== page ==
Young cocaine users run higher risk of strokes

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Young people who use cocaine and amphetamines were warned yesterday that they may be putting themselves at increased risk of a brain haemorrhage.

Young people who use cocaine and amphetamines were warned yesterday that they may be putting themselves at increased risk of a brain haemorrhage.

Doctors from the National Hospital for Neurology and Neurosurgery in London said the growing pandemic of cocaine use in Western society is overshadowing the traditional risk factors for brain haemorrhage - or stroke - such as high blood pressure. Over a period of seven months, the research team treated 13 patients with an average age of 31 who had suffered strokes after taking the drugs. Strokes are normally very rare in this age group.

To their surprise, they found that nine out of the 10 patients fit enough to have a brain examination had an abnormality of the blood vessels in the brain, including six with a cerebral aneurysm (a balloon-like swelling in a blood vessel).

Cocaine and amphetamines are thought to cause brain haemorrhage as a result of a surge in blood pressure triggered by their ingestion. People with abnormal blood vessels in their brain, such as a cerebral aneurysm, are at the greatest risk. However, it is also possible that the drug taking caused the deformed blood vessels, said Andrew McEvoy, who led the research, published in the British Medical Journal. .

"These drugs may be leading to abnormalities in the brain that are giving rise to strokes. It is otherwise extremely unusual for patients of this age to [have] brain haemorrhages," he said.

The warning came as ministers announced a £2.4m research programme to develop strategies to tackle drug misuse. A total of 14 projects have been commissioned, including a study of the the impact of drug misuse on young people's psycho-social development.

Gisela Stuart, a Health minister, said: "Drug problems cause immense harm to individuals and to society. The Government is committed to a 10 year strategy for tackling drugs misuse and there is a pressing need for high-quality research to support the objectives of the strategy."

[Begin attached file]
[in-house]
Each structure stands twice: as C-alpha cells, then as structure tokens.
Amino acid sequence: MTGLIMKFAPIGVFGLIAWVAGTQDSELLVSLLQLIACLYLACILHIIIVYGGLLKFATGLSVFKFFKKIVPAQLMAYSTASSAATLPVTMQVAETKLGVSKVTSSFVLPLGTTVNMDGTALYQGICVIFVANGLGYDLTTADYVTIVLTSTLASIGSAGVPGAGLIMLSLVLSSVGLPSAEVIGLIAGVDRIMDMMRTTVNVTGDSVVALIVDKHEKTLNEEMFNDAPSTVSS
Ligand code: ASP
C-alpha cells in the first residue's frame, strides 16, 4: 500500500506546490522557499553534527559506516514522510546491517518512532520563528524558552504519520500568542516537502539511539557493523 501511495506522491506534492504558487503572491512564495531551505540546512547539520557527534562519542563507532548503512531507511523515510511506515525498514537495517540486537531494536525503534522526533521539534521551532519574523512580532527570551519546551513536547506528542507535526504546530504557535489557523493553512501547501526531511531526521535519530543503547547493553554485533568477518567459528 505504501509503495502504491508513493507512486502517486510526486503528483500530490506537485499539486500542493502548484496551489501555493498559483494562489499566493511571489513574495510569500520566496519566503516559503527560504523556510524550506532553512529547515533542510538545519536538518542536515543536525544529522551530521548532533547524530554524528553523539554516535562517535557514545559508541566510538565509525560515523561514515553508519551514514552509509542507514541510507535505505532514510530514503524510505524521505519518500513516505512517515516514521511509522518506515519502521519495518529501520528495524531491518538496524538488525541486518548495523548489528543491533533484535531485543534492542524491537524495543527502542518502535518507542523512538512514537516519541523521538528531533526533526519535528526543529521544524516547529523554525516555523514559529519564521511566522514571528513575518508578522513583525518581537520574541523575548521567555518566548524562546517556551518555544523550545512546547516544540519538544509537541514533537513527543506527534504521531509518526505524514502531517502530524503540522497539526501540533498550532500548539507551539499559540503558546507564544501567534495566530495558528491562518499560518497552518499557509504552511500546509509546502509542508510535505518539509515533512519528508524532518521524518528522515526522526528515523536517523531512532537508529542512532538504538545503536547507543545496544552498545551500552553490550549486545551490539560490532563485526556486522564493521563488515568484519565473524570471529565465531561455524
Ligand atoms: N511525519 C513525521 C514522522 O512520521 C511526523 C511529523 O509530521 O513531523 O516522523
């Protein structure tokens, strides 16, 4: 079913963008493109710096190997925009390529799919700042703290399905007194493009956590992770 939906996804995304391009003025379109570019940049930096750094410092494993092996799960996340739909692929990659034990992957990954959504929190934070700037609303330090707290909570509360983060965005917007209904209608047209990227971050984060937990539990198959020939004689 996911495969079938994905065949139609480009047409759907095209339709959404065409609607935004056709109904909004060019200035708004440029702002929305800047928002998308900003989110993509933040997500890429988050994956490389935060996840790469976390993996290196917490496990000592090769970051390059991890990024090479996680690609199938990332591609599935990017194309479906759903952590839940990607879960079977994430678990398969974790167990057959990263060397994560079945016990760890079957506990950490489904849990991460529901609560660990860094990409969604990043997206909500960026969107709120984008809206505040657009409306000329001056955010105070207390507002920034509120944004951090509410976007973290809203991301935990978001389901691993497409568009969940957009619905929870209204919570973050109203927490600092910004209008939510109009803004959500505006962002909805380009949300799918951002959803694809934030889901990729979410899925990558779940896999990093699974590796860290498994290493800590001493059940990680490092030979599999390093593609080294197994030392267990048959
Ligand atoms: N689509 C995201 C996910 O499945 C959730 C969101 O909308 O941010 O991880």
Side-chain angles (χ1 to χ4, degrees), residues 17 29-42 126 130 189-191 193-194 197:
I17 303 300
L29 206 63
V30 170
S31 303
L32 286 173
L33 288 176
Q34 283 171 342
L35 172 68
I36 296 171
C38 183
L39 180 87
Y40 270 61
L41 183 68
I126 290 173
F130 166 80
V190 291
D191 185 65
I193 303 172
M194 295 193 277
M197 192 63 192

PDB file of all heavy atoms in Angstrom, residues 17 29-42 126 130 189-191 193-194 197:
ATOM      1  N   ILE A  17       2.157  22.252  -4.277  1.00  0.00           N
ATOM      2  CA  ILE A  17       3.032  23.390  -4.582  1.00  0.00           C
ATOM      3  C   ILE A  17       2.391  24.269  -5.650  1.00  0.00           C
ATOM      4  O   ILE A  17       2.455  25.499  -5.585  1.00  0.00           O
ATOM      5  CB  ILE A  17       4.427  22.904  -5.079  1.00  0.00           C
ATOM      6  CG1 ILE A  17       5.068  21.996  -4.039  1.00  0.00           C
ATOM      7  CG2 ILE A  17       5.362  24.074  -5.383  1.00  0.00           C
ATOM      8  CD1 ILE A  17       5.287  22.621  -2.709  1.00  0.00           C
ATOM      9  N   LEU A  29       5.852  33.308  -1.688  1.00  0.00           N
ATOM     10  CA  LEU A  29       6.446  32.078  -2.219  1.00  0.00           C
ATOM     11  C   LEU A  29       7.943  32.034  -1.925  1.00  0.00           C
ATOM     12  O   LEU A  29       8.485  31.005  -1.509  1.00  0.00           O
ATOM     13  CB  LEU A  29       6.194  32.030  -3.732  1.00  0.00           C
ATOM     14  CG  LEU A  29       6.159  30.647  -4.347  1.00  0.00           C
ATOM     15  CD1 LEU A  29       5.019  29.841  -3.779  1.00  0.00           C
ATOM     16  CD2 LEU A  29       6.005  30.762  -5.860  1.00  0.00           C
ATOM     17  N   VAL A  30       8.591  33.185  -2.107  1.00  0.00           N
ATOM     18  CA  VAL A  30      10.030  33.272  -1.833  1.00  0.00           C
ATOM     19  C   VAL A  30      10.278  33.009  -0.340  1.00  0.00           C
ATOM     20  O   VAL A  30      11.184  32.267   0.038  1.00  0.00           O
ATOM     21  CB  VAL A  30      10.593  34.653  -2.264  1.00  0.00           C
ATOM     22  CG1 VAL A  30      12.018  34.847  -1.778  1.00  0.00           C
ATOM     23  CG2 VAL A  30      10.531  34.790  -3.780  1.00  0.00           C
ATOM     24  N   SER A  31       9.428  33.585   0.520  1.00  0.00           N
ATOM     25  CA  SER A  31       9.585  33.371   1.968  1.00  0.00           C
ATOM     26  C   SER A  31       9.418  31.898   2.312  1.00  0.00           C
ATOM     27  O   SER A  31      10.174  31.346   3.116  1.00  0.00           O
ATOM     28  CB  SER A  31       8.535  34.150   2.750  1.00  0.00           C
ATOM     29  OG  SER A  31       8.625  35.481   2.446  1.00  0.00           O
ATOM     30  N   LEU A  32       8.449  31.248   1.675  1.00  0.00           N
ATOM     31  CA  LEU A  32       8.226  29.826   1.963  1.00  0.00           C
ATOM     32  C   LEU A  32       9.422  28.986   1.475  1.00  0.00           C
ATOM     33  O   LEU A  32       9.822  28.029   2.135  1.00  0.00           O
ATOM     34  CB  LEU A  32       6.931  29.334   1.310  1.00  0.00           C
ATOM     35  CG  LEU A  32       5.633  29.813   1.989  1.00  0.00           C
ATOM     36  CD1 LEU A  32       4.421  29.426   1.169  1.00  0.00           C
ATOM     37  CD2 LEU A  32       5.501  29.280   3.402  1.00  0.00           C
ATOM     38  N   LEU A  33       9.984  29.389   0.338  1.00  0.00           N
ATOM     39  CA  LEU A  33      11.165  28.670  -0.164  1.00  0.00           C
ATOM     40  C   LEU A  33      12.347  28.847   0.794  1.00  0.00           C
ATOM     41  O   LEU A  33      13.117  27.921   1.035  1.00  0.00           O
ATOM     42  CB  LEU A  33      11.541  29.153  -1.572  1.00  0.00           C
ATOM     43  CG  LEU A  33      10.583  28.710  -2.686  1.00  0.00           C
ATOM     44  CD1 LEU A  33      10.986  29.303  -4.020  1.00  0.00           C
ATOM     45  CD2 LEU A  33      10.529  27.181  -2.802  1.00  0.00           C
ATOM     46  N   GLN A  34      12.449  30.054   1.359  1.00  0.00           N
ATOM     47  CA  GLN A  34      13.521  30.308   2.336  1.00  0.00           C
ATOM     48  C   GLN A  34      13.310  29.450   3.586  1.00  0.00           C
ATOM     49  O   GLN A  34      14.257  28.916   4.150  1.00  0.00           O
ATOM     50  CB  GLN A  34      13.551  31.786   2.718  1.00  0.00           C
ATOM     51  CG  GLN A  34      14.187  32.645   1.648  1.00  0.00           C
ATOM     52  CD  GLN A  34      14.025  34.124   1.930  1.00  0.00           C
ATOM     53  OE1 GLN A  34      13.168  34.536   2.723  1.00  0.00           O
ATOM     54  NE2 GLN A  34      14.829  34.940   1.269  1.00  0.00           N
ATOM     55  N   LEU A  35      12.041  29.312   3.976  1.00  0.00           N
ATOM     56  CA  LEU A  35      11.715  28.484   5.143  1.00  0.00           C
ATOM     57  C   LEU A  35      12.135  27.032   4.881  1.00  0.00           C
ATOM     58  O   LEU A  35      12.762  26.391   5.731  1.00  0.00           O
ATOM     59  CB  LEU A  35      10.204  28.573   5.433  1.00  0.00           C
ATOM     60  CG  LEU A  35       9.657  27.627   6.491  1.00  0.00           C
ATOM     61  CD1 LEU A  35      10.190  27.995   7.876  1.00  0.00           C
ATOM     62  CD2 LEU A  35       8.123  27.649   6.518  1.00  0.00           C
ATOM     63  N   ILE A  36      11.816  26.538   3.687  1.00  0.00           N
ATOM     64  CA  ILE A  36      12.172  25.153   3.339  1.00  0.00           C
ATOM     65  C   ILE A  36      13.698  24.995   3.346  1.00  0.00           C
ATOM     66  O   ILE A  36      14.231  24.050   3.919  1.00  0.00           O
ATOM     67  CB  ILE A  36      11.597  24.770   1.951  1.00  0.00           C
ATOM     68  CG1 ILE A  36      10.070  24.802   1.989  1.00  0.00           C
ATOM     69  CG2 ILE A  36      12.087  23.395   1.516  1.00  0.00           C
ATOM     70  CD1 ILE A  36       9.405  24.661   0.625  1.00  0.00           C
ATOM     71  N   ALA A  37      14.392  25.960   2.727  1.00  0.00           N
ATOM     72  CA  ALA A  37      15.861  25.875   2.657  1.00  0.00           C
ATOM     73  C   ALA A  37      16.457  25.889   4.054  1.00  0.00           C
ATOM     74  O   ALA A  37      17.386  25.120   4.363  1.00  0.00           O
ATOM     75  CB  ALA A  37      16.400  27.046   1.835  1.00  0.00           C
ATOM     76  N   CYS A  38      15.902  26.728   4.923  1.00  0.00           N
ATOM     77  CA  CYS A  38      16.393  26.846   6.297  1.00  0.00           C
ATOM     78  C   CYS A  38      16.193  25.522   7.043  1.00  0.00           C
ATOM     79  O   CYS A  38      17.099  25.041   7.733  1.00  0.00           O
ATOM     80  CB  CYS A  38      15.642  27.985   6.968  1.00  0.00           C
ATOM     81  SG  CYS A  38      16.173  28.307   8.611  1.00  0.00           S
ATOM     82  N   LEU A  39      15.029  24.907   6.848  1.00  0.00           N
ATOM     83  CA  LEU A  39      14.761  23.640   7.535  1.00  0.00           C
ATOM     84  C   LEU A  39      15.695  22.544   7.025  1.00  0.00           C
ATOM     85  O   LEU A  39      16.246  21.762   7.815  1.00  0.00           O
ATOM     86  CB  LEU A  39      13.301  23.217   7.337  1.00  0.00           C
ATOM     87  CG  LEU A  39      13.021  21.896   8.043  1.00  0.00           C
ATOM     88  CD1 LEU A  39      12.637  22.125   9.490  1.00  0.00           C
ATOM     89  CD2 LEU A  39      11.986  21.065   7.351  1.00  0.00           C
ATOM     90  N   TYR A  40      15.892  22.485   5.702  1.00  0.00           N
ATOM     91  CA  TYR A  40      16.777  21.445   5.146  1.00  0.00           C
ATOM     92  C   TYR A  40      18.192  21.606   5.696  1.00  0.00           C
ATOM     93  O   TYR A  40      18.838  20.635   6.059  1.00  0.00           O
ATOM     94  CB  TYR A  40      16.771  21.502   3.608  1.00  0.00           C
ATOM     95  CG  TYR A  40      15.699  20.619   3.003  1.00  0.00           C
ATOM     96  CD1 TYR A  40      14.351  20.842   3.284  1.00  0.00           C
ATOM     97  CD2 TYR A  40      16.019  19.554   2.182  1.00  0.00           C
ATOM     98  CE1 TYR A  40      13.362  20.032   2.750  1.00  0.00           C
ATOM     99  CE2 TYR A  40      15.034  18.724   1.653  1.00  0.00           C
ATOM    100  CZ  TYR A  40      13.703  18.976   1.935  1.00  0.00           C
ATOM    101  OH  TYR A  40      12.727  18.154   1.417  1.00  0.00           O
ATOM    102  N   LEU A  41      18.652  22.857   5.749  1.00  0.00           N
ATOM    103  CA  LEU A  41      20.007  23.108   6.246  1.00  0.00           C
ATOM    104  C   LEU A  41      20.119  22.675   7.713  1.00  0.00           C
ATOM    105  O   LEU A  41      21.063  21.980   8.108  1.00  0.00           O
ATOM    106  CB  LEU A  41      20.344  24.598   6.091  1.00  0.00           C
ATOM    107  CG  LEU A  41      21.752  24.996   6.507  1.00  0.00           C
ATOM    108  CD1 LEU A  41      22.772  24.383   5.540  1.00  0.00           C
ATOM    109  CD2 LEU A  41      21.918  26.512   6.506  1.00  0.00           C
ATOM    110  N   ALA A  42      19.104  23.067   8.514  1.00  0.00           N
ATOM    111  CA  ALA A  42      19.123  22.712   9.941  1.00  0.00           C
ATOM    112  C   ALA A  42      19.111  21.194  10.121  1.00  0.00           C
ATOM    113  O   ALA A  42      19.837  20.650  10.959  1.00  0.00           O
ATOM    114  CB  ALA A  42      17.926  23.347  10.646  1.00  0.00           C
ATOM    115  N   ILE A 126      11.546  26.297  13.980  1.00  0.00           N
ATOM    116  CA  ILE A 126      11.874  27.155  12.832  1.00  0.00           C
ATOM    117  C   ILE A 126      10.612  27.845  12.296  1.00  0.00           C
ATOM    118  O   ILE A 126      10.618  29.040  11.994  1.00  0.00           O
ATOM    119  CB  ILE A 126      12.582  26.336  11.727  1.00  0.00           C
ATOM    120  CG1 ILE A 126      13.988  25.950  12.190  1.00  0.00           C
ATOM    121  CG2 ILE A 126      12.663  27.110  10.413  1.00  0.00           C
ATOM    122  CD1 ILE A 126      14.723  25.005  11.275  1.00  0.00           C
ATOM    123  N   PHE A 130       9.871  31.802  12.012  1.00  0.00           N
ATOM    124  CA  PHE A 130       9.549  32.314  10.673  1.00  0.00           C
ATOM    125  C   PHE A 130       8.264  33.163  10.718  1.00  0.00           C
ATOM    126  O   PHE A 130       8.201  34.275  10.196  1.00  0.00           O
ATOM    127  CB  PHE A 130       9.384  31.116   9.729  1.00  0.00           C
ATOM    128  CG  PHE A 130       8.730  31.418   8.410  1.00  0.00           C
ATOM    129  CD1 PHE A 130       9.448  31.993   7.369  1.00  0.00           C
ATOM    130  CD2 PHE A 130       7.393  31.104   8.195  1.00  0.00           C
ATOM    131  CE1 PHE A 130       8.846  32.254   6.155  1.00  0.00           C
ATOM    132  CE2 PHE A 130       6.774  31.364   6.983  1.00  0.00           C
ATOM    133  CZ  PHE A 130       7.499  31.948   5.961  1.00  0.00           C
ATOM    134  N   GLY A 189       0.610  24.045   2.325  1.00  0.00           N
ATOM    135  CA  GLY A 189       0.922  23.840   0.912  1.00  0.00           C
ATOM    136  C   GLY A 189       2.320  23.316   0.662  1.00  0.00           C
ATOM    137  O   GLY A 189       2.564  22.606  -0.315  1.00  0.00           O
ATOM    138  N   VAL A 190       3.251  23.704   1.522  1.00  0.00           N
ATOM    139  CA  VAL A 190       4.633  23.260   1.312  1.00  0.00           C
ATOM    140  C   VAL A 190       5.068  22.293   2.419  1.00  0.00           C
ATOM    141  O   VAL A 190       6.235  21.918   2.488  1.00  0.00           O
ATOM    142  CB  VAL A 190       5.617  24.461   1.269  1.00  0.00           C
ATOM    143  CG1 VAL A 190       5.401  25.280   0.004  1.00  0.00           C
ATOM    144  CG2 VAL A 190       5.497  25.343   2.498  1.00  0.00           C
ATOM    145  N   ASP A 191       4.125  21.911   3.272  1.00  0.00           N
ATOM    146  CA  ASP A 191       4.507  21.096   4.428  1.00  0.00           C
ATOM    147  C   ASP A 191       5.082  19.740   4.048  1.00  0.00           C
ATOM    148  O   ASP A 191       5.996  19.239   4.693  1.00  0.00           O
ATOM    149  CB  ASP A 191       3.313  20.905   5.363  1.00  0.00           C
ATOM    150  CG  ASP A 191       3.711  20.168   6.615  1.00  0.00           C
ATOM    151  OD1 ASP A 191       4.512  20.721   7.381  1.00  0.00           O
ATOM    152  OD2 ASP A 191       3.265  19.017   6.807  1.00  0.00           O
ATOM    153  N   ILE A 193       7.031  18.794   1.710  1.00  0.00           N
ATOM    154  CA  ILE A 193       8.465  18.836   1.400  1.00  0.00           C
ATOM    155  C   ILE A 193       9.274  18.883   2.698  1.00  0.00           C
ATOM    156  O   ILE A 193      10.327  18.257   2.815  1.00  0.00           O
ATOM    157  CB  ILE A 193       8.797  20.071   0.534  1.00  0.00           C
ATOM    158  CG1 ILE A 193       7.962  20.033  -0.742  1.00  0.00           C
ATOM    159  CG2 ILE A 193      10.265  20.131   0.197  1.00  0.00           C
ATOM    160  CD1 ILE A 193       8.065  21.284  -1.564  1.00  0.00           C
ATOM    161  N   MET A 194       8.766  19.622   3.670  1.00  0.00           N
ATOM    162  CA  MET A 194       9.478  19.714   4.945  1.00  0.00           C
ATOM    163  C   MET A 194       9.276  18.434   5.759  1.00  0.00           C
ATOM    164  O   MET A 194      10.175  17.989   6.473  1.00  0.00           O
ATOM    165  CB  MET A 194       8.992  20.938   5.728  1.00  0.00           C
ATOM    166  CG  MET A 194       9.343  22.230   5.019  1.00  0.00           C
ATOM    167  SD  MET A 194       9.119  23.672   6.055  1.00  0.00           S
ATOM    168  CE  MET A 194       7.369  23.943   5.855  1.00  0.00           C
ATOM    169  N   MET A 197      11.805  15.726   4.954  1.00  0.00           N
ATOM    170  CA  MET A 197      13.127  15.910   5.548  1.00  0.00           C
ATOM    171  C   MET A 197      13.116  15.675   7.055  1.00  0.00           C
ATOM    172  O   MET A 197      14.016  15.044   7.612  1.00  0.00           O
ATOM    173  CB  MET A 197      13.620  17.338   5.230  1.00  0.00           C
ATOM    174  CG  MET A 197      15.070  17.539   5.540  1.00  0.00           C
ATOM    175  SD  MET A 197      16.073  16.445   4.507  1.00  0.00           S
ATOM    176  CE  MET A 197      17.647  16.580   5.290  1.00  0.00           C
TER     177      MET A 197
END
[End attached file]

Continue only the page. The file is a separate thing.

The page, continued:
Dr McEvoy and colleagues say in the BMJ that doctors should be aware of the link between illegal drug use and stroke and investigate patients accordingly. They should try to find out if they had been using illegal drugs and, if they had, refer them for an angiogram to discover if they had an abnormality of blood vessels in the brain.

Despite the widespread use of ecstasy, there seem to be few neurological complications associated with the drug, though the authors urge caution anyway. Amphetamine use has been recognised as a cause of stroke since 1945 and evidence has grown in recent years that cocaine has a similar effect.

One study in Connecticut found 59 per cent of people who died from stroke and had a post mortem examination had been taking cocaine.

The British authors write: "A history of severe headache immediately after using amphetamine, ecstasy or cocaine should alert doctors to the possibility of intracerebral haemorrhage. [A brain scan] should always be performed when severe headache or altered consciousness, or both, occur in relation to use of these compounds."

Clubbers have been warned to beware of the dangers of a drug known as GBH (ganmma hydroxybutyrate), also called "liquid ecstasy," especially when mixed with alcohol. The drug has become popular because it is not illegal to possess and is relatively cheap. Overdoses are common because the difference between an effective dose and an overdose is slight. It can cause convulsions and coma.

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